HD-TV goes smart; Keep tree hydrated; Tips from a butler
HD-TV goes smart
Favi Entertainment's SmartStick turns any high-definition TV into a smart TV.
The plug-in device lets you browse the Internet, use applications and get access to streaming media services such as Netflix, Hulu and Pandora. You can also use it to stream media files wirelessly from a computer to the TV.
The device is a dongle that plugs into a TV's HDMI input. Power is supplied via a cable that connects the device to a USB port on the television.
A mini wireless keyboard will be available.
The 4-gigabyte version is $49.99 on the Favi site, and the 8-GB version is $79.99. Shipping is extra.
Keep the tree hydrated
Research shows it's not necessary to add a tree preservative to the water in your Christmas tree stand, says Eric McConnell, forest-product specialist with the Ohio State University Extension. It won't keep the tree fresh longer than plain water.
What is important is to never let the cut end get dry in the stand, because then it will seal over with resin and lose its ability to take up water, McConnell says. Slice about a half-inch off the bottom of the trunk just before putting it in the stand, and use a stand that can hold plenty of water. McConnell said the stand should contain one quart of water for each inch of trunk diameter, and you should always keep at least about a gallon of water in the stand.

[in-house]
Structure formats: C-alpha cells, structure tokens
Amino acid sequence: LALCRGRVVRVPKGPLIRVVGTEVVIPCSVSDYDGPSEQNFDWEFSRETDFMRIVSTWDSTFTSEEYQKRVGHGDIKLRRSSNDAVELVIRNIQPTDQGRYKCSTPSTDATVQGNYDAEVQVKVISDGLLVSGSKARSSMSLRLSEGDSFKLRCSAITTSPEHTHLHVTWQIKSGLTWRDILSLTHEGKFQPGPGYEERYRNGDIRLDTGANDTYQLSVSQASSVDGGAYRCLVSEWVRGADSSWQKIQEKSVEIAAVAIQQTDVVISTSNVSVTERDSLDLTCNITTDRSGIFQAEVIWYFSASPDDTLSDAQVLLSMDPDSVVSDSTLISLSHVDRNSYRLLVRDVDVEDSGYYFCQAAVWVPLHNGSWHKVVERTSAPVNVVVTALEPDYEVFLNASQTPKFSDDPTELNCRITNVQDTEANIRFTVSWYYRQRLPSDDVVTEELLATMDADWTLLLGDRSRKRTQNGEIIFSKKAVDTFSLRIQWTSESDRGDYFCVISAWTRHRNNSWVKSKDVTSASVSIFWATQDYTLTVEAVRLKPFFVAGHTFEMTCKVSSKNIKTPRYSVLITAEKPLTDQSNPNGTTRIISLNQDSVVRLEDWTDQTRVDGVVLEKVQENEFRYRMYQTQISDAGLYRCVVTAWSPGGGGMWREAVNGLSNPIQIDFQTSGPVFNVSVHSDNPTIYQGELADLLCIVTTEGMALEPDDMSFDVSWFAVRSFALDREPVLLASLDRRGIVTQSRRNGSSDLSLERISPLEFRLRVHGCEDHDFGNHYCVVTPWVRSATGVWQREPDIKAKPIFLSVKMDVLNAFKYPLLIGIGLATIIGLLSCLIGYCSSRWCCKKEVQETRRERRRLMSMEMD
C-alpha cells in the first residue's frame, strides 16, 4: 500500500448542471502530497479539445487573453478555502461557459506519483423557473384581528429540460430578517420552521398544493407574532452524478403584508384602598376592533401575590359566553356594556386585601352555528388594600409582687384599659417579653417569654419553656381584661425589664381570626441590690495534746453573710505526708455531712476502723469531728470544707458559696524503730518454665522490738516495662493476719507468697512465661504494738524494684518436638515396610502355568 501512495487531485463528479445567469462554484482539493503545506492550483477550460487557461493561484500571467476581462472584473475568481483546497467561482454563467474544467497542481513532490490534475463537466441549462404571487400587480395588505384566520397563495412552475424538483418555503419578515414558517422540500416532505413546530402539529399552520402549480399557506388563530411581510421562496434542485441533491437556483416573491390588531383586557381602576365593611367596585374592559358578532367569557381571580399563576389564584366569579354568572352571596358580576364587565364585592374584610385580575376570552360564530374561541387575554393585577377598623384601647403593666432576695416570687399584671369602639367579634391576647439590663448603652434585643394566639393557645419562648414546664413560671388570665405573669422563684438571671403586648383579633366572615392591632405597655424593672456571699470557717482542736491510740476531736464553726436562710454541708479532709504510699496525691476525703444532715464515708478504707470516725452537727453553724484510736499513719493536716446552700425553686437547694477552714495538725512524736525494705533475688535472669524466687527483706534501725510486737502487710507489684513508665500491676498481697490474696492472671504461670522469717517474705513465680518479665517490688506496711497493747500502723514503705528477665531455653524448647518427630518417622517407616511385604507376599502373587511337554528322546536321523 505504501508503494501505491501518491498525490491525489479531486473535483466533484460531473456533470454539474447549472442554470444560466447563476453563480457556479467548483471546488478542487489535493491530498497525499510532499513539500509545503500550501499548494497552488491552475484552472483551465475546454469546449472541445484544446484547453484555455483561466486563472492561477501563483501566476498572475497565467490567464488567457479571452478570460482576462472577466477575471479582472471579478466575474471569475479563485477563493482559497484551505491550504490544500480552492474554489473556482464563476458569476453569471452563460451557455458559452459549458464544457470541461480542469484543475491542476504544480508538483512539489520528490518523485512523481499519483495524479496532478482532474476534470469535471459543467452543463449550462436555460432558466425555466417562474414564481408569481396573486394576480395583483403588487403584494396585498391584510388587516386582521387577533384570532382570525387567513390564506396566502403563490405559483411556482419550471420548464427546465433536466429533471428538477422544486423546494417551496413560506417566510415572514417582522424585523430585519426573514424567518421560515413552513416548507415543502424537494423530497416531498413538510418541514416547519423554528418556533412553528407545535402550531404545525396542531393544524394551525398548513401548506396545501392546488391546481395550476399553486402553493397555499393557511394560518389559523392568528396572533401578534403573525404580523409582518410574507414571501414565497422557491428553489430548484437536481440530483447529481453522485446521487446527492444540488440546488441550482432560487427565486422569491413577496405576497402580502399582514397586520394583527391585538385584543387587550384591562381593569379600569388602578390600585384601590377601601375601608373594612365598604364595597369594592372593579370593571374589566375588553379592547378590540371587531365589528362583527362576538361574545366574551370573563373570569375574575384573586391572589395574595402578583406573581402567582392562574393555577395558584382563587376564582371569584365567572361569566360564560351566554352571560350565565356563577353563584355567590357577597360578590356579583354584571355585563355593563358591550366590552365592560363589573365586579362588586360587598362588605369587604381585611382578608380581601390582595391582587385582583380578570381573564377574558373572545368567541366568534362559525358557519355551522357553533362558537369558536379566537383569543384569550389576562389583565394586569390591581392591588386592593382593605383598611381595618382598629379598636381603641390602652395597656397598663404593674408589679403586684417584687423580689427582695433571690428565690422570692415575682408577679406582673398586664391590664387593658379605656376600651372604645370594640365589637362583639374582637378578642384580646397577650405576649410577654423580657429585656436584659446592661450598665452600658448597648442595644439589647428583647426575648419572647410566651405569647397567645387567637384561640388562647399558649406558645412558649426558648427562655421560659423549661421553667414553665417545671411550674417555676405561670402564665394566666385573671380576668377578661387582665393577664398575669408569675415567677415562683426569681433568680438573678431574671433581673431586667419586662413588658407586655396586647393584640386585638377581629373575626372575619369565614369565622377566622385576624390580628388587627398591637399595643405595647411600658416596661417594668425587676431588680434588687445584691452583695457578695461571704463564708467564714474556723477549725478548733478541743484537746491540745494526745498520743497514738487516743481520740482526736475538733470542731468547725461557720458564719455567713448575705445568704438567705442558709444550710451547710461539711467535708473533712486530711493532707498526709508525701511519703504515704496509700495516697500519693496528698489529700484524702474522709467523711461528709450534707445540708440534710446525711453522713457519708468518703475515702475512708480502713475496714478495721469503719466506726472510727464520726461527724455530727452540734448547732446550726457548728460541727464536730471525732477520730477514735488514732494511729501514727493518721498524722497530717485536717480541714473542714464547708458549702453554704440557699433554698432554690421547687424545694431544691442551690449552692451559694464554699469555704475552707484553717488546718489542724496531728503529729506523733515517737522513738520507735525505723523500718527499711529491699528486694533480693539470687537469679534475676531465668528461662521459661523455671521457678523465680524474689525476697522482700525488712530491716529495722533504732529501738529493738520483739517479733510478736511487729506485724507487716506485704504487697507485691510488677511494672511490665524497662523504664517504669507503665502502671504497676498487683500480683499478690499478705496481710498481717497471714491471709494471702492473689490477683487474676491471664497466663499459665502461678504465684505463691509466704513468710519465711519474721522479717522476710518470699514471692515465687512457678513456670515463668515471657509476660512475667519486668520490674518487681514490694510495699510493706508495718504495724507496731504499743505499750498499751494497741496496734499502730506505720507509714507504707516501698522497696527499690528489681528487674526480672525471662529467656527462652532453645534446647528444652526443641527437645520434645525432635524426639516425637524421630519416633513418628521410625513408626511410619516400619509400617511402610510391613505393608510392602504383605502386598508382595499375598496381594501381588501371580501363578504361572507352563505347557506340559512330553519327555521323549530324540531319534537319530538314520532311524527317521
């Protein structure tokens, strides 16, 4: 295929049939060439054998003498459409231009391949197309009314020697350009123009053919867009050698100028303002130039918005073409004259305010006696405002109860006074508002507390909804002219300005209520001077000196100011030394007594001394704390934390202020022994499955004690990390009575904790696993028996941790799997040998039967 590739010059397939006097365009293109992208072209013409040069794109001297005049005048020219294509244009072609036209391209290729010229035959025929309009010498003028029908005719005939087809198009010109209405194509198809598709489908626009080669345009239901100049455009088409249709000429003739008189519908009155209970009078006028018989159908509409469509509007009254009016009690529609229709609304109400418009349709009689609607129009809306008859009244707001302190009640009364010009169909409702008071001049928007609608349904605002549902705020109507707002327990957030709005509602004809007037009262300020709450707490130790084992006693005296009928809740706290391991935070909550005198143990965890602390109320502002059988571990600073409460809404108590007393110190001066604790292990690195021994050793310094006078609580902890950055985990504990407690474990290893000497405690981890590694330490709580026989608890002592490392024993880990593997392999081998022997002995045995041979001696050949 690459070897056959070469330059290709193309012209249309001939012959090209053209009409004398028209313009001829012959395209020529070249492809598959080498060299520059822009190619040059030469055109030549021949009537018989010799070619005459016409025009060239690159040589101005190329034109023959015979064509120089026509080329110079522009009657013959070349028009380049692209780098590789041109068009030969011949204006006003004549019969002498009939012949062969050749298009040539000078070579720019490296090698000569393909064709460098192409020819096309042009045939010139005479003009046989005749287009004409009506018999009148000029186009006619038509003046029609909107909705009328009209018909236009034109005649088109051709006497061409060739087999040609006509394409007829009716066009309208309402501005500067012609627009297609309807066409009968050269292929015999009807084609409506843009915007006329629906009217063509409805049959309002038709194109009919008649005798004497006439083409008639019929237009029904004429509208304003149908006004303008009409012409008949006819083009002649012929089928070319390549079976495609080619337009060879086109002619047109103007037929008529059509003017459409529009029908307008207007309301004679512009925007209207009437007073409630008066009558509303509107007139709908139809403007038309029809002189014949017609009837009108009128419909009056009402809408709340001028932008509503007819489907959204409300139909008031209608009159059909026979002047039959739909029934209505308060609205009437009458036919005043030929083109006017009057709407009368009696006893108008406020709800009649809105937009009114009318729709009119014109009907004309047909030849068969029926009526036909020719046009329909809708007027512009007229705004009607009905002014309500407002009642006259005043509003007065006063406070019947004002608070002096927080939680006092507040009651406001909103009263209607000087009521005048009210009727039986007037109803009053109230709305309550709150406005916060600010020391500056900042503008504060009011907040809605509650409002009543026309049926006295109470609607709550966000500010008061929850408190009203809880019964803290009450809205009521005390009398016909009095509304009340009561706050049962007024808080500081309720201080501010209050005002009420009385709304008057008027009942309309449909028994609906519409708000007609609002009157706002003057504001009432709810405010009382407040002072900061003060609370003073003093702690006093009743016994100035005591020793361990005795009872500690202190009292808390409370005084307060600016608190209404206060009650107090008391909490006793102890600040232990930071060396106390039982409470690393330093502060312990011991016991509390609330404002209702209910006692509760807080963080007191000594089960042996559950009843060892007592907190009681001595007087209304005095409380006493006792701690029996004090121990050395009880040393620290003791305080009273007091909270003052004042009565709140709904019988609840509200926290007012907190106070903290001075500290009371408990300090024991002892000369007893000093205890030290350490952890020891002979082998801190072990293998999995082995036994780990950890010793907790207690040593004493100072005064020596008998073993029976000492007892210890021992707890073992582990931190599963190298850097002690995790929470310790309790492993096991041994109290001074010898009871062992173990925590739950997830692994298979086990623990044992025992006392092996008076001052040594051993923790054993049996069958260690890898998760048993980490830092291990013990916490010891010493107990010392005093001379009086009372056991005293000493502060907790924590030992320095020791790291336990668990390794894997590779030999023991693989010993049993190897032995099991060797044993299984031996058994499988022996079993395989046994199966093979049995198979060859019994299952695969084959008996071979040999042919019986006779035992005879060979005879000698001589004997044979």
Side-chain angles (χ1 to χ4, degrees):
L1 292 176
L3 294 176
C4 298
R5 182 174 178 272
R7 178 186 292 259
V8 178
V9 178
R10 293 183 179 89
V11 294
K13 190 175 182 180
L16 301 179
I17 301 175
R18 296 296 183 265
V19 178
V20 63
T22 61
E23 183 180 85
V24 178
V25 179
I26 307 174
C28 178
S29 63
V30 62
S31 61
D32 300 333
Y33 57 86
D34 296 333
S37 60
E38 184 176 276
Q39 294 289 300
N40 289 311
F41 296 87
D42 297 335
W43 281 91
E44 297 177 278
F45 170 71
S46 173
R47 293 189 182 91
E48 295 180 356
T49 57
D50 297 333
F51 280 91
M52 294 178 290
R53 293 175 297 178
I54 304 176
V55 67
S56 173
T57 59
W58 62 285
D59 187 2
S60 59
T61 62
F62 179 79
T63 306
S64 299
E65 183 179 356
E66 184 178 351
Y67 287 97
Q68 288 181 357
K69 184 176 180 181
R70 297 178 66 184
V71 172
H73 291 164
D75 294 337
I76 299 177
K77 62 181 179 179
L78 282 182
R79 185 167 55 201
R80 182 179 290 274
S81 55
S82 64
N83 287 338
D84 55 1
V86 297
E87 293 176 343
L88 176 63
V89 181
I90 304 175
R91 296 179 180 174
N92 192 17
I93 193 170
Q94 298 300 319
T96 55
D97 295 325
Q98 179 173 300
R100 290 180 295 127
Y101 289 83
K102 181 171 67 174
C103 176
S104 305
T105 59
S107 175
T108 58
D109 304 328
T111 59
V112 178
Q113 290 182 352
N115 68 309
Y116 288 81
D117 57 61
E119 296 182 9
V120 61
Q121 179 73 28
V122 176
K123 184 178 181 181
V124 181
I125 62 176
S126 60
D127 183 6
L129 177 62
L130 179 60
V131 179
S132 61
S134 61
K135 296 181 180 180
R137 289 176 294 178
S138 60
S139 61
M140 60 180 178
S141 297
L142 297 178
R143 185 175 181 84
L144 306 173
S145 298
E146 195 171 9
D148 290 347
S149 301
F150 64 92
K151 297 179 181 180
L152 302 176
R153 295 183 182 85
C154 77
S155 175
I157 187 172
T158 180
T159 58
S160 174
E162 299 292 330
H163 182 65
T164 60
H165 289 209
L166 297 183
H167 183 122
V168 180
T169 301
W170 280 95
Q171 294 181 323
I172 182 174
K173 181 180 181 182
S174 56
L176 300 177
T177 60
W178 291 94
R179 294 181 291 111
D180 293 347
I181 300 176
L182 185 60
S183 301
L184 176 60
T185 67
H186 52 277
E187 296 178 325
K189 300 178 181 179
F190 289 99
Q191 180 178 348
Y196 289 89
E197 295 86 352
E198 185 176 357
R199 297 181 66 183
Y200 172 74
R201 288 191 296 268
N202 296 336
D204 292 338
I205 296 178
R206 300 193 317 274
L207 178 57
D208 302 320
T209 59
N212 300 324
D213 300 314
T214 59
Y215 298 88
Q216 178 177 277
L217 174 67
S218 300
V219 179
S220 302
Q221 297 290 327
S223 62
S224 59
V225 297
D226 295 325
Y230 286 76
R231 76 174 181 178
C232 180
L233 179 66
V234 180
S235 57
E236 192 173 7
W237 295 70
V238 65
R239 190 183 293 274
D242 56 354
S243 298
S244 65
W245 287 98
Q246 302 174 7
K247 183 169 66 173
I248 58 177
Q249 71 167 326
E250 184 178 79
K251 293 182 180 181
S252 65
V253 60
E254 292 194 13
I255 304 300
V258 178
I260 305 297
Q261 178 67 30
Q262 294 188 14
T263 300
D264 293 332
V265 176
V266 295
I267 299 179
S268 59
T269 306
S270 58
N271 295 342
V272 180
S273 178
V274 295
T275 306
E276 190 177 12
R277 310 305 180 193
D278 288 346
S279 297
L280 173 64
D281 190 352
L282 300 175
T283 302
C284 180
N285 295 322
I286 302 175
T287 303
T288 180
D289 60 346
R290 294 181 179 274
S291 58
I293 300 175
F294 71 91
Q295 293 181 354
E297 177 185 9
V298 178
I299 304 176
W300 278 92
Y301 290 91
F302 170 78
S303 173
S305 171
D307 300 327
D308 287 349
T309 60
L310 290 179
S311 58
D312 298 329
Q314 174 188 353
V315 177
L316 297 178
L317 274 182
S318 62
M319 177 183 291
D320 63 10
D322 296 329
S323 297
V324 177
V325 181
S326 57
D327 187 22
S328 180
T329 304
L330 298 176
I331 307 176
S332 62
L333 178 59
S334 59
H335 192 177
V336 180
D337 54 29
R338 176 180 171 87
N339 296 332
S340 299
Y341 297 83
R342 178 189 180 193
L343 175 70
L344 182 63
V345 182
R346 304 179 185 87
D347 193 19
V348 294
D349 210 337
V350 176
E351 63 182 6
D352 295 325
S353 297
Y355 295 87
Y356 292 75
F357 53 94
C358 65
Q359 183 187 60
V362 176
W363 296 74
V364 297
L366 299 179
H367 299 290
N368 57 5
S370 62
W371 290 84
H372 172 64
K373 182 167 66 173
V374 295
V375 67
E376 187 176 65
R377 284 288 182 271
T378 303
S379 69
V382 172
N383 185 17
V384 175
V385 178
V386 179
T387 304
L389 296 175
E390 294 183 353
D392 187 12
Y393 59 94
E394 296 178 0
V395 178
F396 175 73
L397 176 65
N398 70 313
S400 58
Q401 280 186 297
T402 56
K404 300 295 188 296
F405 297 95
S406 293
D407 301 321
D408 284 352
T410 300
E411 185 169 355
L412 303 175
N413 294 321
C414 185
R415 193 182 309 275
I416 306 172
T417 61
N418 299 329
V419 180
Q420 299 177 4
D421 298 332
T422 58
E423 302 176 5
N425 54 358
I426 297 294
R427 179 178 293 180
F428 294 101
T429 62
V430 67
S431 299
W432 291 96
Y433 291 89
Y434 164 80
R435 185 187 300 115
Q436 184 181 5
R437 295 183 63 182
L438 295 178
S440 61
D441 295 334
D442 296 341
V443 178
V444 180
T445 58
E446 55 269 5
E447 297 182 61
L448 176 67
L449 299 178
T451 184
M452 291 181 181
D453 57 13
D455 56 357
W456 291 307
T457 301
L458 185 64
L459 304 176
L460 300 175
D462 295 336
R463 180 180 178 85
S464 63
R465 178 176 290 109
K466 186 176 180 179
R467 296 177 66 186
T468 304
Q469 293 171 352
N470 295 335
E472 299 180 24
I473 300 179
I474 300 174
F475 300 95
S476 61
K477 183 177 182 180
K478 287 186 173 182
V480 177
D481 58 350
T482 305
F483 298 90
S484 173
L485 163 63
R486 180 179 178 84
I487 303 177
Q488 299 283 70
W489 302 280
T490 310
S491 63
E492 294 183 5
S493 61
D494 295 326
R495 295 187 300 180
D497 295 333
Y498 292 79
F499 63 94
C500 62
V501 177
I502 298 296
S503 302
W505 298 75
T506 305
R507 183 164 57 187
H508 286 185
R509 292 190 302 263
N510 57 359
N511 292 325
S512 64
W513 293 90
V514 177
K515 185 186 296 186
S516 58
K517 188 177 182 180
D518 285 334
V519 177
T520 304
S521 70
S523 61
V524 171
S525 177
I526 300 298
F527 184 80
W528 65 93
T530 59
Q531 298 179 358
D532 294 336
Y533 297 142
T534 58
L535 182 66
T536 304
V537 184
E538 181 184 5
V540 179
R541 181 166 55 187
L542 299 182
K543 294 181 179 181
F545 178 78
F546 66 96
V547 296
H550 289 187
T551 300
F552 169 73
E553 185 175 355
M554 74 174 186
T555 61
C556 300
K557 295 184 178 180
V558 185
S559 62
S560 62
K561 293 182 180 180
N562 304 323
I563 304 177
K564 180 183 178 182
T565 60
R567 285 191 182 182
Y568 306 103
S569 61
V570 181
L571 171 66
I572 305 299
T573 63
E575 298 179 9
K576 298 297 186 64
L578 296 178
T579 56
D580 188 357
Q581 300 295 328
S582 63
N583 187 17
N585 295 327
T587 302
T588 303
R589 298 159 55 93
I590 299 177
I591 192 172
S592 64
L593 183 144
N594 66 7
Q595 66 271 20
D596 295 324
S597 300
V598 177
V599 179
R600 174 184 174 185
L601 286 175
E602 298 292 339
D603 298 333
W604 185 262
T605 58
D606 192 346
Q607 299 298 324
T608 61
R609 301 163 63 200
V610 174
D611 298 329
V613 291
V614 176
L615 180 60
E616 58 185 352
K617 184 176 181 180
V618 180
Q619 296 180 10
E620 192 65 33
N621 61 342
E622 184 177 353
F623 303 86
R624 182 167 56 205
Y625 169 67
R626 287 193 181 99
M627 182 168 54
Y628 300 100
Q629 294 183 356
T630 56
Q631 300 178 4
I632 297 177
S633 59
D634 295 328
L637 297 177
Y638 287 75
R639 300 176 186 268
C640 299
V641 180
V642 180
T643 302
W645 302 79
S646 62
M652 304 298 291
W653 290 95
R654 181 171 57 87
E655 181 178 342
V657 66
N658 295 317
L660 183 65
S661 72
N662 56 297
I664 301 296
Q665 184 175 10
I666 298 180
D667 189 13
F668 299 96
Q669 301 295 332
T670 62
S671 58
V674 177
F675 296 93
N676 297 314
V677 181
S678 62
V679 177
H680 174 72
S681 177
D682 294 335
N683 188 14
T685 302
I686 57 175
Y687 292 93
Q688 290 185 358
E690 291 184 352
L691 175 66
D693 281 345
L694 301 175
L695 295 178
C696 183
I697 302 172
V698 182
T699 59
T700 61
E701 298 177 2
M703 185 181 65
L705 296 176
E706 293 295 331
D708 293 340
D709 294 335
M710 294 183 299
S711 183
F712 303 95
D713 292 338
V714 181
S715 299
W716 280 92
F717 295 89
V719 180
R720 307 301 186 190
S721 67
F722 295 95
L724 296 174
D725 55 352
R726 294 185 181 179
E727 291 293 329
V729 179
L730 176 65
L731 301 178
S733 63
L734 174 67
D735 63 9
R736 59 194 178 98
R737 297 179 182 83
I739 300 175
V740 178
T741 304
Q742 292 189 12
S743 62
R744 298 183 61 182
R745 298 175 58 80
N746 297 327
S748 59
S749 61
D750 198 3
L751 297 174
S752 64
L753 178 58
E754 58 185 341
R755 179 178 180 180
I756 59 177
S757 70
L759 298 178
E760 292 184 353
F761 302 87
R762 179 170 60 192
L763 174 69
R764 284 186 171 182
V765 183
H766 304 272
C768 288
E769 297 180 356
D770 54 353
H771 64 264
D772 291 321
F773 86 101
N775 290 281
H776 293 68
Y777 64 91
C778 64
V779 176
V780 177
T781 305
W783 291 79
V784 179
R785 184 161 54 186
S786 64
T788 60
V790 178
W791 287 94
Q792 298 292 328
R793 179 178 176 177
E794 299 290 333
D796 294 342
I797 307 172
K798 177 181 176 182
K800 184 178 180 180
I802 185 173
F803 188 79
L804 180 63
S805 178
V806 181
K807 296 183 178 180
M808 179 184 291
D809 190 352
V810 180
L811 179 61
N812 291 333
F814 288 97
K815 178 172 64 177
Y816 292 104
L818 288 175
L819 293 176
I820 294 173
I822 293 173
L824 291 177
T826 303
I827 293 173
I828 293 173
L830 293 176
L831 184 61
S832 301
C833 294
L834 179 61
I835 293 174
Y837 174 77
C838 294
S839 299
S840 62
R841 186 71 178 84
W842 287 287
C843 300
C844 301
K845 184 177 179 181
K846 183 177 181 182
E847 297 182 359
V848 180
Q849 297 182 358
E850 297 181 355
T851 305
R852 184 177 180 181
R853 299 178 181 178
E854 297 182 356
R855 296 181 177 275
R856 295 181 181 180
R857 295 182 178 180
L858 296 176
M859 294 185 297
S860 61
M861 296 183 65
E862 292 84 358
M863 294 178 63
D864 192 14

Because the part of the tree that takes up water is just below the bark, don't trim the outside of the trunk to fit the tree into the stand.
The butler did it — offers tips in re-released book
Few of us have the luxury of a household staff like the one on “Downton Abbey” to attend to our every need.
But we can take some pointers from someone who ran a household and use them to run our own a little more efficiently.
Longtime English butler Stanley Ager shares a wealth of tips in “The Butler's Guide to Running the Home and Other Graces,” a classic handbook he wrote in 1980 with Fiona St. Aubyn. The book has just been re-released by Clarkson Potter.
Some of the advice is outdated. (Manufacturers of front-loading washers would undoubtedly balk at Ager's pronouncement that “you need to maintain a good lather when machine washing clothes.”) And some of the advice deals with situations few of us will have to worry about. (“The cardinal rule is never to tell your staff that you're entertaining royalty until just before the event.”)
Still, we can benefit from Ager's tips for setting a table, caring for shoes and packing clothes so they won't wrinkle. And, he'll teach you how to iron a newspaper, should a journalist ever come round to tea.
“The Butler's Guide” sells for $21.99 in hardcover.
— Staff and wire reports
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